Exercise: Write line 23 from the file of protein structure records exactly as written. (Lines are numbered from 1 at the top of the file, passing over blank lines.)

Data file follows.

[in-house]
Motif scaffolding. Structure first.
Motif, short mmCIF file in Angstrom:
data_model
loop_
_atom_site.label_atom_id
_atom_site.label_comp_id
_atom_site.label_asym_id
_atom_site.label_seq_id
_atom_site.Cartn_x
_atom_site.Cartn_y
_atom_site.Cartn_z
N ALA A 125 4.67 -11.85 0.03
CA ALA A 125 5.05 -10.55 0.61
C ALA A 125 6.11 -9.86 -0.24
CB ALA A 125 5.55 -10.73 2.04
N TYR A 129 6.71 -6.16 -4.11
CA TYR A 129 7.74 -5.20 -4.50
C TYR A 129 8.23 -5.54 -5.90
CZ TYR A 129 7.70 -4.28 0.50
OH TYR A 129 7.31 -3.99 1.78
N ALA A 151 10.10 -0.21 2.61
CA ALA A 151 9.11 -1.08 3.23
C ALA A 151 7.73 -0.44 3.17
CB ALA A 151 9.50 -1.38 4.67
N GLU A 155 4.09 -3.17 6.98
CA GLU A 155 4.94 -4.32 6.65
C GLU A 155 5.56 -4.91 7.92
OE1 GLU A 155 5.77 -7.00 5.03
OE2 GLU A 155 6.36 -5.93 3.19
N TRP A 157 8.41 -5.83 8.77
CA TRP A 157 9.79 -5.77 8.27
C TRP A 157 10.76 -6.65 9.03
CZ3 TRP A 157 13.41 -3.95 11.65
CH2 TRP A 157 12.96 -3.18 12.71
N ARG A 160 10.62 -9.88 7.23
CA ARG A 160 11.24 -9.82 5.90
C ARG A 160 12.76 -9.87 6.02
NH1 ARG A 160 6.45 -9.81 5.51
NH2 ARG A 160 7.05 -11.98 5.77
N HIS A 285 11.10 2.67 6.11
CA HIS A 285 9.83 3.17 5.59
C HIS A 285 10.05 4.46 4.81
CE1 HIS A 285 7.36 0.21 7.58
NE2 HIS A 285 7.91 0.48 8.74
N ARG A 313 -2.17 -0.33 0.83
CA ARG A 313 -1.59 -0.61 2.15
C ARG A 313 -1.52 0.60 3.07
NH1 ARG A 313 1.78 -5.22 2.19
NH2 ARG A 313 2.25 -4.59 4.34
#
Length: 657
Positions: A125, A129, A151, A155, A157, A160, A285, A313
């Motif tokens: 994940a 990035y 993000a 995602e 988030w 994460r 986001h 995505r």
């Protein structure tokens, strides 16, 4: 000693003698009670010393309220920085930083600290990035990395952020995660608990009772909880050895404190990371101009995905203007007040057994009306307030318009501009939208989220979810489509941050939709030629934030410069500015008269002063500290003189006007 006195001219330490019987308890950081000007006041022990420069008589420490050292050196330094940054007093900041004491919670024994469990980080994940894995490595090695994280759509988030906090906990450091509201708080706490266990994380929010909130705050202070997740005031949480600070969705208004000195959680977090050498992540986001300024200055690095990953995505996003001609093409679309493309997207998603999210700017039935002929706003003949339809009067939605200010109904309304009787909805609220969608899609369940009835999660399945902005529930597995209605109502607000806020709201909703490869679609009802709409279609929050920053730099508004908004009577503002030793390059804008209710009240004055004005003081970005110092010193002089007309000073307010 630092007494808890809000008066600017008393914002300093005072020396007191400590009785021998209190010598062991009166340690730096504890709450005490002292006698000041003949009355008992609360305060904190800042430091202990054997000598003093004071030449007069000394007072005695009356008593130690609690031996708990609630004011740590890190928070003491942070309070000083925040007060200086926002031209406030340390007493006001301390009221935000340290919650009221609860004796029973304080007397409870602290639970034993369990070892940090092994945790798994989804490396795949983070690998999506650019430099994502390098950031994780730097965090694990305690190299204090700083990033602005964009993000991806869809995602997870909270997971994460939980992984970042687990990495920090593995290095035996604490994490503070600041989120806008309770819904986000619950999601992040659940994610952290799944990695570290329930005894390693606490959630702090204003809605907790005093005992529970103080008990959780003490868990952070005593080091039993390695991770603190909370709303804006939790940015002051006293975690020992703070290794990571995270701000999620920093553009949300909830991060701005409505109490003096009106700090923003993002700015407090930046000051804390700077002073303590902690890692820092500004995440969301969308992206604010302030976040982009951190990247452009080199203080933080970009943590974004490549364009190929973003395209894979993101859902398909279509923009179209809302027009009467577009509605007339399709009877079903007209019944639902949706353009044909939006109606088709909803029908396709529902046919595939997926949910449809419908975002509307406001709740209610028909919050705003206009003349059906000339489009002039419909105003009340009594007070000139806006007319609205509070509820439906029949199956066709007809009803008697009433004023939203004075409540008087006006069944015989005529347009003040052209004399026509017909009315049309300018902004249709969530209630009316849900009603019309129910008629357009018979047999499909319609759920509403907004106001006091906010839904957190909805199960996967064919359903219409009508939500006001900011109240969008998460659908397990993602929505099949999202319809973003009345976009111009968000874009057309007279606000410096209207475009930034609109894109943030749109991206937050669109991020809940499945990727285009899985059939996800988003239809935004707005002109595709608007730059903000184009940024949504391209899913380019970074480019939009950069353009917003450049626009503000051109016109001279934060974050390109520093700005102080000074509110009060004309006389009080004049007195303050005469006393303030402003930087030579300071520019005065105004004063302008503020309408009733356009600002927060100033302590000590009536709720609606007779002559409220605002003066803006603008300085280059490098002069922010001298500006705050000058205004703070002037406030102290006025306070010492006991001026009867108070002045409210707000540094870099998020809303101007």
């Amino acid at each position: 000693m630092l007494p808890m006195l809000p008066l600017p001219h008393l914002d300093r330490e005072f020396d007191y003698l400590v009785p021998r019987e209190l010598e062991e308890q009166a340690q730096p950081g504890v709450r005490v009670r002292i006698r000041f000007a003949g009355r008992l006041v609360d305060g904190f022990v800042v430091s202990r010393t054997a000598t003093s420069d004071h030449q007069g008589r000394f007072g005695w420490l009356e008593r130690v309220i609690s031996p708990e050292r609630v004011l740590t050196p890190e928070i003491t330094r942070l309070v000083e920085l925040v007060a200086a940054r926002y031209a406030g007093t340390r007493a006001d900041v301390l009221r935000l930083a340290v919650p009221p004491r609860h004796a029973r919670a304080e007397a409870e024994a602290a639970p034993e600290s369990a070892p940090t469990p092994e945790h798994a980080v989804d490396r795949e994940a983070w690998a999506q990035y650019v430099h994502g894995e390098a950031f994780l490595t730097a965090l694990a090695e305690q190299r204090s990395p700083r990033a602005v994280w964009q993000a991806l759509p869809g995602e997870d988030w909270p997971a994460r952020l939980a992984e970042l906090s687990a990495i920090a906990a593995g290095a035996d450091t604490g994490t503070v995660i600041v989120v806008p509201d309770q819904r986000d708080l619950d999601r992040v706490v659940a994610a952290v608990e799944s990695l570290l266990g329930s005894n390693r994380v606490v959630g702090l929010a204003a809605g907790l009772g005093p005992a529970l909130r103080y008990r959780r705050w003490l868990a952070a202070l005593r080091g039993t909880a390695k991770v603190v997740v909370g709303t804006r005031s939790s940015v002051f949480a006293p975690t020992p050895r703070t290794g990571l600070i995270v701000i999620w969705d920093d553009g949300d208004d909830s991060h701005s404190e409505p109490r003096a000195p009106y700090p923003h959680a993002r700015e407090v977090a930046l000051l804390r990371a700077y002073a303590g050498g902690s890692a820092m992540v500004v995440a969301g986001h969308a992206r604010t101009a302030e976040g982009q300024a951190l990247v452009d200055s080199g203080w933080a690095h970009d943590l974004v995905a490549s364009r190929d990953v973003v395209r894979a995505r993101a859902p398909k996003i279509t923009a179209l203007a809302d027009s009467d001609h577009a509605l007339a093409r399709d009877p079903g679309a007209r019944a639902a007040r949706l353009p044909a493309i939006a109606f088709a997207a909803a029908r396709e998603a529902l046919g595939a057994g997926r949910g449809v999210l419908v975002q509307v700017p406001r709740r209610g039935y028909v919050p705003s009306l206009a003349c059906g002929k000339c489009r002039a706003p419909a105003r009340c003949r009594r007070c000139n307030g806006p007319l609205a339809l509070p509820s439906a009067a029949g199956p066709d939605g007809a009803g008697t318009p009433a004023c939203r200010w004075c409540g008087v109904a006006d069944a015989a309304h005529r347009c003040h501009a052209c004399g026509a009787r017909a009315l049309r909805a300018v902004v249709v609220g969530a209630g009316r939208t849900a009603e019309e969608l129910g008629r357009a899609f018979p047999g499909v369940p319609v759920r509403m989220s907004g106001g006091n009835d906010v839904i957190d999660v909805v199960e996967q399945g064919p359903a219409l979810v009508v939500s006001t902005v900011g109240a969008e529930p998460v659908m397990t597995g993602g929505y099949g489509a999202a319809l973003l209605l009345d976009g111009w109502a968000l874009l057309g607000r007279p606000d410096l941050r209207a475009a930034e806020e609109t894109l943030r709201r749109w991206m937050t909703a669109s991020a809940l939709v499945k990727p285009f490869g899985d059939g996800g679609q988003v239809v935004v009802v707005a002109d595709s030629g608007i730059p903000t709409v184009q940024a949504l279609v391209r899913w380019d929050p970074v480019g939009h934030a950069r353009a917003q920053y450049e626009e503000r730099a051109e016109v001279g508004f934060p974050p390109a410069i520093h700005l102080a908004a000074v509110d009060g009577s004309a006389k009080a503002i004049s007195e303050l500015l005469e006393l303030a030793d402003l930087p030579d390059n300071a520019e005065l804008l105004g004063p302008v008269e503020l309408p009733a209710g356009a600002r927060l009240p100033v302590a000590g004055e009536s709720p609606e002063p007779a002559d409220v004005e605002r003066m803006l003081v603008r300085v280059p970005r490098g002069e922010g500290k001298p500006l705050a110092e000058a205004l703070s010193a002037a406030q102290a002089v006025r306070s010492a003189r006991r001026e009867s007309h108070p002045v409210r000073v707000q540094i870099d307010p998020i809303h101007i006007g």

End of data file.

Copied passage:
CA ALA A 151 9.11 -1.08 3.23